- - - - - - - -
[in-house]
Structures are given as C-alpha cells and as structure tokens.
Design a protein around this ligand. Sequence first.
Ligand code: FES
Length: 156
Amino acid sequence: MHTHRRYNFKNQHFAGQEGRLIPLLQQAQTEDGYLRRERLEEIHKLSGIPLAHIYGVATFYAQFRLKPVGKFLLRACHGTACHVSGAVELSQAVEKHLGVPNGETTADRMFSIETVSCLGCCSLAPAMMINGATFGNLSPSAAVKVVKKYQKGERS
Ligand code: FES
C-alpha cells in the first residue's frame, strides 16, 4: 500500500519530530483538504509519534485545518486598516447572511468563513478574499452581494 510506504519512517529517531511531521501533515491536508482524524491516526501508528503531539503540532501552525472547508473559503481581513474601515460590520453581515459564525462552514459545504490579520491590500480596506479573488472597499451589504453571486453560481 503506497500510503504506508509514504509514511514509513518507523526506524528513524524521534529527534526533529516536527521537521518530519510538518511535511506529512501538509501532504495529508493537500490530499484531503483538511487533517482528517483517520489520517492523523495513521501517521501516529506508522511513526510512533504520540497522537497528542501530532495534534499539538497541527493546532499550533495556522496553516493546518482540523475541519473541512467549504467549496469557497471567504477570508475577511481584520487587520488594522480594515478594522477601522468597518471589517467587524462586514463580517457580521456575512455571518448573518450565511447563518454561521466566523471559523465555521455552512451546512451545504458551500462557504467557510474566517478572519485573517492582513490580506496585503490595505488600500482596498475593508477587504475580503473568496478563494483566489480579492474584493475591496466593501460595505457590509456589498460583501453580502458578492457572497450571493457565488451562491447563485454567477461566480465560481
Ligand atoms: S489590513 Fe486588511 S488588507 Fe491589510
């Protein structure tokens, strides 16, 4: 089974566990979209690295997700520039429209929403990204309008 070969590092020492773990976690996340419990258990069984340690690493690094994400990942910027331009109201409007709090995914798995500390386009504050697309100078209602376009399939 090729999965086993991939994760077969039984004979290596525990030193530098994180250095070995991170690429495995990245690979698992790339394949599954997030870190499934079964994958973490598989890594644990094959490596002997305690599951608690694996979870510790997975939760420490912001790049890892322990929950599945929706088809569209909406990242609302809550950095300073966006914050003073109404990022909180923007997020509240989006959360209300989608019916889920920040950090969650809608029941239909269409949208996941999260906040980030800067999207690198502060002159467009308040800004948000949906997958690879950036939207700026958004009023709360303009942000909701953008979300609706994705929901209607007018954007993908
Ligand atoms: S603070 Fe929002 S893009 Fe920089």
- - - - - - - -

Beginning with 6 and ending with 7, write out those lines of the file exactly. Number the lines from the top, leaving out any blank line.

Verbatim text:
Amino acid sequence: MHTHRRYNFKNQHFAGQEGRLIPLLQQAQTEDGYLRRERLEEIHKLSGIPLAHIYGVATFYAQFRLKPVGKFLLRACHGTACHVSGAVELSQAVEKHLGVPNGETTADRMFSIETVSCLGCCSLAPAMMINGATFGNLSPSAAVKVVKKYQKGERS
Ligand code: FES